Skip to main content

Dell U3818DW Curved Monitor Review

Conclusion

Over the past three years, we’ve seen curved ultra-wide monitors evolve from mere curiosities into serious tools for enthusiasts and gamers. In the professional genre, large flat panels still rule, but Dell believes there are uses for a jumbo curved screen that delivers the accurate color and precise image quality graphic artists and photographers require.

Curved displays are available in a variety of sizes, radii, and resolutions. LG Display’s 38” 2300R AH-IPS part provides a great balance of pixel density, clarity, and usable screen area. We enjoyed playing games on the Acer XR382CQK and LG’s 38UC99. Now, users who need premium color accuracy can enjoy watching their projects take form on Dell’s UltraSharp U3818DW.

With a factory-certified calibration, color accuracy is guaranteed. Our tests show good out-of-box results and some nice gains available with a few simple adjustments. If you need more flexibility, Dell provides two-point grayscale controls plus hue and saturation sliders for all six colors. That’s something we don’t see very often. Auto-calibration is not supported, but frankly we didn’t miss the feature. All our test results were exemplary.

The only thing we wish were better is contrast. IPS technology is already at a disadvantage when compared to VA and its variants. Most of the former measure around 1000:1, while the latter technology is capable of 2500:1 and sometimes higher. The U3818DW is a little below average in this metric. Our sample’s initial result was a respectable 937:1 before calibration and most users will be satisfied with that. The Standard mode doesn’t need calibration, and you can just set brightness to taste. But for maximum color accuracy, the contrast slider must be lowered and that took our result down to just 655:1. Since gamma and screen uniformity are nearly perfect, the impact isn’t too great, but we’d prefer to see more dynamic range in a high-end monitor like this.

Other than that, we have no complaints. The U3818DW is built like a tank; even a bit more solidly than Dell’s normally high standard. It has every feature a professional user could need, and it looks ready for work with simple, understated styling and no-nonsense reliability. To that end, the three-year warranty includes Advanced Exchange Service, which provides a replacement screen delivered next-day.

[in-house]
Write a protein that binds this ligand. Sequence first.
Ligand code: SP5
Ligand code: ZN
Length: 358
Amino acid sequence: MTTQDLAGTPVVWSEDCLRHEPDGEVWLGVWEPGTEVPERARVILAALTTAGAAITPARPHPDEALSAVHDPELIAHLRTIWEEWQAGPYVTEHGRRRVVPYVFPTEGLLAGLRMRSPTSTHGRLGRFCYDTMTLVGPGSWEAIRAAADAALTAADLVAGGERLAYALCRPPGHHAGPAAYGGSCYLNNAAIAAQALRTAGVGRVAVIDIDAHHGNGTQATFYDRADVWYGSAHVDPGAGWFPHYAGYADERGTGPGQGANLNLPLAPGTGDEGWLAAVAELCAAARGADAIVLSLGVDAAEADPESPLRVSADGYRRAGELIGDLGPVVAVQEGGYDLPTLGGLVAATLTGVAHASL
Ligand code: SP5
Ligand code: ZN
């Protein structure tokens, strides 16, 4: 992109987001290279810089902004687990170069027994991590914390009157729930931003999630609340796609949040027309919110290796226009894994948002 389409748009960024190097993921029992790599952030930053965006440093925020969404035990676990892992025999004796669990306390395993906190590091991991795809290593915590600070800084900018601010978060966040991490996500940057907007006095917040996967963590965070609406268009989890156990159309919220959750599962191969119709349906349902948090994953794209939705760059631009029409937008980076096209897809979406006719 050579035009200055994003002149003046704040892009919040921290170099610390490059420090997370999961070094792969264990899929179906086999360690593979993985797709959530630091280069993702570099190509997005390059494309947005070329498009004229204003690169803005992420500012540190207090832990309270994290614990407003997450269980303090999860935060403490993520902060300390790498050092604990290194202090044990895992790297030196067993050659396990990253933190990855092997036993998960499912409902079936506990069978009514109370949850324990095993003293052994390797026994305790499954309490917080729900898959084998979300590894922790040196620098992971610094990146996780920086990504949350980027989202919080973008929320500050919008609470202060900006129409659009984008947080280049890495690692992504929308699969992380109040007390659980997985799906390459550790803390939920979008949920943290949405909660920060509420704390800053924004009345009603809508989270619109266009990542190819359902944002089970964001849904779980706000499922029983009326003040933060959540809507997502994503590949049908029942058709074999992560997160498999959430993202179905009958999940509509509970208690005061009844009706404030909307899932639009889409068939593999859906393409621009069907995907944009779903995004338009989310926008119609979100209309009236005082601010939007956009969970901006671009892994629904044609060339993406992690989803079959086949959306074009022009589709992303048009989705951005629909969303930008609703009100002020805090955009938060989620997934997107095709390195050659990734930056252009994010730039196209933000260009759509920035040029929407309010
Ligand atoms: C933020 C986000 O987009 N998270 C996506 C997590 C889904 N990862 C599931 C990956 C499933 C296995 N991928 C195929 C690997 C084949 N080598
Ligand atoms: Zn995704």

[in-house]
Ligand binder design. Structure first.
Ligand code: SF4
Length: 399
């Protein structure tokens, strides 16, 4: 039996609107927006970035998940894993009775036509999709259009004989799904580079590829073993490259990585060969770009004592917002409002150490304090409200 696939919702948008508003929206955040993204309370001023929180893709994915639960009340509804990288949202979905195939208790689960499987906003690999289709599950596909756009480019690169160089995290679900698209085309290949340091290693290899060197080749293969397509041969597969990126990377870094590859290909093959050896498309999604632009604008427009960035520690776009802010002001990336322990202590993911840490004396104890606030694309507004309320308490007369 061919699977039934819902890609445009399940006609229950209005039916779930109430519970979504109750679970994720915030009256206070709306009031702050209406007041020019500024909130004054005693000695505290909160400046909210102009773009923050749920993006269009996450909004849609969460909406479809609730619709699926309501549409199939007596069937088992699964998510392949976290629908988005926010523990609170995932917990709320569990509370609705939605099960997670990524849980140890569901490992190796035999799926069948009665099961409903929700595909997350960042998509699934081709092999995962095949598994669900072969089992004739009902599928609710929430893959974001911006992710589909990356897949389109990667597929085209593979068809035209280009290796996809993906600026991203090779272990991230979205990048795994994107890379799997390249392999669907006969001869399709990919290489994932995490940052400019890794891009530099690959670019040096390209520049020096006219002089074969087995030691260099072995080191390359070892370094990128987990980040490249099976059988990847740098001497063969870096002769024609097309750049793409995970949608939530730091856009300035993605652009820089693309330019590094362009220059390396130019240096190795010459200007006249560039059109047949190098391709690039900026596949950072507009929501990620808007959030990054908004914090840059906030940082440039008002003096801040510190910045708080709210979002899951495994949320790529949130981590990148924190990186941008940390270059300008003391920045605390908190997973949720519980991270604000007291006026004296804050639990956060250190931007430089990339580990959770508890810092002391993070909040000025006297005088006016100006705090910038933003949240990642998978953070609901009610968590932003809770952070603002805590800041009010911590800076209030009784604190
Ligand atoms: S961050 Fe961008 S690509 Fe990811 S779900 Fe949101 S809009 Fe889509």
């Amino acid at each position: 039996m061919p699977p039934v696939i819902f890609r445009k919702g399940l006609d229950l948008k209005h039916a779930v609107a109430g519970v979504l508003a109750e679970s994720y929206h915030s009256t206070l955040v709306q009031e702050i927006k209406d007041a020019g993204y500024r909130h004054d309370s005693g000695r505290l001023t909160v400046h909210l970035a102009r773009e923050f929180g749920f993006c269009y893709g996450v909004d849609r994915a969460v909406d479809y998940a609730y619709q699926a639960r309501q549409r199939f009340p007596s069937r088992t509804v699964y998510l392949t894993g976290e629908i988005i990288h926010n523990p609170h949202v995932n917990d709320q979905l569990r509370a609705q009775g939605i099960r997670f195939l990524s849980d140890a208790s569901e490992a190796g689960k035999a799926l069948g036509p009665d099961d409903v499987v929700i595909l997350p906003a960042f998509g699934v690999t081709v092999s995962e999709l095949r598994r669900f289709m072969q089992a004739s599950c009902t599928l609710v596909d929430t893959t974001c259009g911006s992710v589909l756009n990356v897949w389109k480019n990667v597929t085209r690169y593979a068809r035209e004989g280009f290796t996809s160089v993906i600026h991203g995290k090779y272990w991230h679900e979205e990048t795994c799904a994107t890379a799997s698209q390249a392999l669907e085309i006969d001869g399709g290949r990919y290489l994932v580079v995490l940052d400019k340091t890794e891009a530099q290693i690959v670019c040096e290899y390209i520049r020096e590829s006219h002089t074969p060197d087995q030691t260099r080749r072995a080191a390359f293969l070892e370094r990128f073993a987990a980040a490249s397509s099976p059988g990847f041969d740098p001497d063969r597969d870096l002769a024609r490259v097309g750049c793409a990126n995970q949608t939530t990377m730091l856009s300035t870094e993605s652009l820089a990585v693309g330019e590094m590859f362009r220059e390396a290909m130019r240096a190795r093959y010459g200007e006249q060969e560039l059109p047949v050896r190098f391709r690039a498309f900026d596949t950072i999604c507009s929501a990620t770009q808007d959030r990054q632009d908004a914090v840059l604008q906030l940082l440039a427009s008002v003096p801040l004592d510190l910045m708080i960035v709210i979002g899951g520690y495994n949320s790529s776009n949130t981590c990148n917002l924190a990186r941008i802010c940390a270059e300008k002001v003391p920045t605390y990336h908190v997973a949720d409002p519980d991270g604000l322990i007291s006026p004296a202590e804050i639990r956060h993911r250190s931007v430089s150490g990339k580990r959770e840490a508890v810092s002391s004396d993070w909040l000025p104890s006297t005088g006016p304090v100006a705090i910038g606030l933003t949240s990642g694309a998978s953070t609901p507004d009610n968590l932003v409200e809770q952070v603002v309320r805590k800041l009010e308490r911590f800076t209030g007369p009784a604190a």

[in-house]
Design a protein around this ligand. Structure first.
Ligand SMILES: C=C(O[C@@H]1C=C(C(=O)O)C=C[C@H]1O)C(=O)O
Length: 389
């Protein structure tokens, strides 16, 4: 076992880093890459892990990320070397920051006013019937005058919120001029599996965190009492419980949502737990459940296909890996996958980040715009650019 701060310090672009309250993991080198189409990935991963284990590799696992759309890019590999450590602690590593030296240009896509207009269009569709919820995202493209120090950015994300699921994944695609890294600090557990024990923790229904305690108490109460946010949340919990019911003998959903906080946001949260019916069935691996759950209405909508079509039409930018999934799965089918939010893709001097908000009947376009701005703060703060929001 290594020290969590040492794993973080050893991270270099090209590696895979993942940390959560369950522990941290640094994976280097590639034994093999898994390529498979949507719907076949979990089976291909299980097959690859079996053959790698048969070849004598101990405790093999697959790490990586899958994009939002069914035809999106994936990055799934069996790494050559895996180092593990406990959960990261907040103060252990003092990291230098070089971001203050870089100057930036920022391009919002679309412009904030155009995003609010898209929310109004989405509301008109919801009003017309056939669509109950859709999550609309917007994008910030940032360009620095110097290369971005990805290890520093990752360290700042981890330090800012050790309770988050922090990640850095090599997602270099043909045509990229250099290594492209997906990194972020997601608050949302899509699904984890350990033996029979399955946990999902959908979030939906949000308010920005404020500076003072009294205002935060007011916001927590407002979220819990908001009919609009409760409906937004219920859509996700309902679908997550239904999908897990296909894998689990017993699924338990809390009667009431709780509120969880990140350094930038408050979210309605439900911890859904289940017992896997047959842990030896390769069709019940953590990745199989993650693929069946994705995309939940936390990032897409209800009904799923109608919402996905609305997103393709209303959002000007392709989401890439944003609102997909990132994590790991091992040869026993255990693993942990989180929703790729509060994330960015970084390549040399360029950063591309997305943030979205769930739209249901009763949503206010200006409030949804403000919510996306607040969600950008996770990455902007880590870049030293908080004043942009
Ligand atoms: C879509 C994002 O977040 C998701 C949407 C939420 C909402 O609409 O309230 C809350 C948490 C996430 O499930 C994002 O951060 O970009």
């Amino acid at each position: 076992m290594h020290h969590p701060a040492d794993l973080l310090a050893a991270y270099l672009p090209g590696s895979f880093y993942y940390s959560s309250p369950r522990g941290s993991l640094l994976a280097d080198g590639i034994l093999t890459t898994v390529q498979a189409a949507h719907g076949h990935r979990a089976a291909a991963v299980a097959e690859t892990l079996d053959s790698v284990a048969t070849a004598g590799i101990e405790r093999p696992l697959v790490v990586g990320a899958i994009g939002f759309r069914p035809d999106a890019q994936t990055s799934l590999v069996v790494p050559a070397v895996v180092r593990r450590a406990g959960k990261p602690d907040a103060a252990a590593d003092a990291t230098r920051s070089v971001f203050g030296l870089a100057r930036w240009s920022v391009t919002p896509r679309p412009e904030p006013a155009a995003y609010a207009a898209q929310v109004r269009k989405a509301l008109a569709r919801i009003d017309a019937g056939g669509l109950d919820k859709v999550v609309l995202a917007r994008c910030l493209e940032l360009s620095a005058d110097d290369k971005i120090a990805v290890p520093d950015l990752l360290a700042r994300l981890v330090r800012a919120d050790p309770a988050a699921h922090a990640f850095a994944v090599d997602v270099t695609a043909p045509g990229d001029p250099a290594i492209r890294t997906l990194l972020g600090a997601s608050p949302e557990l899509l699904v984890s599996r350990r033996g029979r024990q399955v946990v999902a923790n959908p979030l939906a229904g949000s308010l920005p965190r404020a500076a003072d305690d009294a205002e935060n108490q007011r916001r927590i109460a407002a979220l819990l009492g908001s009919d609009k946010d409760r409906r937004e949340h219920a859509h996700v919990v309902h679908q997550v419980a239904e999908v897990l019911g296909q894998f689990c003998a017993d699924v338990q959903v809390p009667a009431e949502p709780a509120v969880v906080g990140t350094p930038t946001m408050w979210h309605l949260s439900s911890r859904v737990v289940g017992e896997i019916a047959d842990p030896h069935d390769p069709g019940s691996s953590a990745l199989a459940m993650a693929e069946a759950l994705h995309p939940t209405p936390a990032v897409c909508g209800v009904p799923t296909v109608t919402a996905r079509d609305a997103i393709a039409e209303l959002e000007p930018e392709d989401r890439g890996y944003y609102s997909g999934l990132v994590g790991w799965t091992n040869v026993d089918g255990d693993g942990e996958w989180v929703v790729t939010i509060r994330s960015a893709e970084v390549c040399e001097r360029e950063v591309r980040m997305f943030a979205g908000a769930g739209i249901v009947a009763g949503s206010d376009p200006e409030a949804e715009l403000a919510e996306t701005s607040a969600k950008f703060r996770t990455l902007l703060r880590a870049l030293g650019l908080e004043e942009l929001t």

Curved ultra-wide monitors aren’t just for gamers any more. Dell has positioned its U3818DW squarely in the professional realm and we think it has succeeded.

MORE: Best Gaming Monitors

MORE: Best Professional Monitors

MORE: How We Test Monitors

MORE: How To Choose A Monitor

MORE: All Monitor Content

  • Realist9
    I guess I give up on waiting for a 4k, 32" or greater G-sync monitor at >60hz.

    Even though the 1080 has been out 1.5 yrs and can handle it, the market must just be too small for manufacturers to make them. Bummer.
    Reply
  • photonboy
    REALIST9,
    4K, 144Hz, GSYNC is coming in 2018...
    https://wccftech.com/g-sync-hdr-monitors-available-q2-2017/

    Break open your piggy bank though...
    Reply
  • Lucky_SLS
    How does a curved screen benefit professional work? I thought it was just for the immersion. And this is 2300R instead of 1800R.
    Reply
  • Tanquen
    37.5” = Yea!

    IPS = Yea!

    10-bit color = Yea!

    3840x1600-pixel resolution – Yea!

    USB 3.1 Type C = Yea!

    HDMI 2.0 = Still no 2.1?

    21:9 = Lame!

    Curved = Why?! Why do folks want their screen squished in the middle and the ISO graphics distorted?

    No FreeSync = God Dam it!
    Reply
  • Tanquen
    20417912 said:
    How does a curved screen benefit professional work? I thought it was just for the immersion. And this is 2300R instead of 1800R.

    It doesn’t. It’s a gimmick that they think will help sell displays. This has mostly come and gone from the TV space but the computer monitors always seem to be a year or more behind.
    Reply
  • lar33mo
    This looks like a really nice monitor. In July 2017, I purchased a Dell UltraSharp 32" Ultra HD 4K Monitor with PremierColor - UP3216Q. I paid $1,399.99 for the monitor,
    ( reduced in price by $400.00 ), $25.00 shipping, and $90.49 in taxes, ( which I doubt that my home state of Connecticut will see a penny of.. ;-) ). I ordered the monitor from Dell online, on a Sunday, and it was delivered via FedEx the following Tuesday!! :-) I purchased the 32" after my Dell 30" monitor died after a number of years. Regarding this 38" monitor, I believe my 32" Dell Monitor was intended for the same market. The very solid construction appears to be present in both models. While I usually have two 30" monitors on my desk, ( the new 32" monitor fits fine with my HP ZR30w 30" monitor). I do wish however, that this 38" monitor was available when I bought the Dell UltraSharp 32". I would have had a more modern monitor for about $350.00 less, tax included. :-| Maybe next time. ;-)
    Reply
  • Kungpaoshizzi
    Enough with this 27" monitor crap :|
    35"+ please!
    Reply
  • Nintendork
    More like enough with the idiotic curve, IPS is sh*t with that pathetic contrast.

    All monitors should be VA 1080/1440/1600 16:10/4k 3000-5000:1
    Reply
  • gio2vanni86
    I have a curved TV and monitor. I honestly love it. Don't see why theres hate on curved. It give the tv and monitor a feel that cant be described, but it honestly is a nice touch. I don't buy flat anymore, it doesnt please my appetite anymore. To me i feel like i went back to the stone-age when i look at a flat screen. This is just my opinion. Still waiting on those 144-240hz 4k HDR curved g-sync displays :)
    Reply
  • metathias
    I've ended up deciding i actually like my 1800r curved monitor. At 38'' you can't even notice it at about 20 inch's from the screen.
    Reply